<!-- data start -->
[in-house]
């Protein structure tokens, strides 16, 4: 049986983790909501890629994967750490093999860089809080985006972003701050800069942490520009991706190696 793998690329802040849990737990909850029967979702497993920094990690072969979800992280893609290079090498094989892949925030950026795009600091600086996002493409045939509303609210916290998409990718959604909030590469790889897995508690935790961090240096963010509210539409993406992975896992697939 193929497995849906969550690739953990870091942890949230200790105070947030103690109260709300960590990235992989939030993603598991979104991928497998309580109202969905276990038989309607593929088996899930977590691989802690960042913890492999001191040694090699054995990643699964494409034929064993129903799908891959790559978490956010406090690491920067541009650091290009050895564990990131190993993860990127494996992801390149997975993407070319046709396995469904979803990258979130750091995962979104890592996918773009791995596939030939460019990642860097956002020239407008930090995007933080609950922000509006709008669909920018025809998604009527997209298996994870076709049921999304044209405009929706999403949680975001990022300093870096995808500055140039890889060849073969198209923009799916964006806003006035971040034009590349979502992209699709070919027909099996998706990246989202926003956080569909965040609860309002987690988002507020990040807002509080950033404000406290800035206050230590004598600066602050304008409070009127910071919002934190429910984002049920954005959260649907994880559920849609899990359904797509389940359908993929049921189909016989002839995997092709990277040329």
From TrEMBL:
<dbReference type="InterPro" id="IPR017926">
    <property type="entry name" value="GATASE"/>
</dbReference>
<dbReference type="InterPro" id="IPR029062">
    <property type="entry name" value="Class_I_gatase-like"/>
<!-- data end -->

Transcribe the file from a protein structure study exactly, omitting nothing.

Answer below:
[in-house]
């Protein structure tokens, strides 16, 4: 049986983790909501890629994967750490093999860089809080985006972003701050800069942490520009991706190696 793998690329802040849990737990909850029967979702497993920094990690072969979800992280893609290079090498094989892949925030950026795009600091600086996002493409045939509303609210916290998409990718959604909030590469790889897995508690935790961090240096963010509210539409993406992975896992697939 193929497995849906969550690739953990870091942890949230200790105070947030103690109260709300960590990235992989939030993603598991979104991928497998309580109202969905276990038989309607593929088996899930977590691989802690960042913890492999001191040694090699054995990643699964494409034929064993129903799908891959790559978490956010406090690491920067541009650091290009050895564990990131190993993860990127494996992801390149997975993407070319046709396995469904979803990258979130750091995962979104890592996918773009791995596939030939460019990642860097956002020239407008930090995007933080609950922000509006709008669909920018025809998604009527997209298996994870076709049921999304044209405009929706999403949680975001990022300093870096995808500055140039890889060849073969198209923009799916964006806003006035971040034009590349979502992209699709070919027909099996998706990246989202926003956080569909965040609860309002987690988002507020990040807002509080950033404000406290800035206050230590004598600066602050304008409070009127910071919002934190429910984002049920954005959260649907994880559920849609899990359904797509389940359908993929049921189909016989002839995997092709990277040329």
From TrEMBL:
<dbReference type="InterPro" id="IPR017926">
    <property type="entry name" value="GATASE"/>
</dbReference>
<dbReference type="InterPro" id="IPR029062">
    <property type="entry name" value="Class_I_gatase-like"/>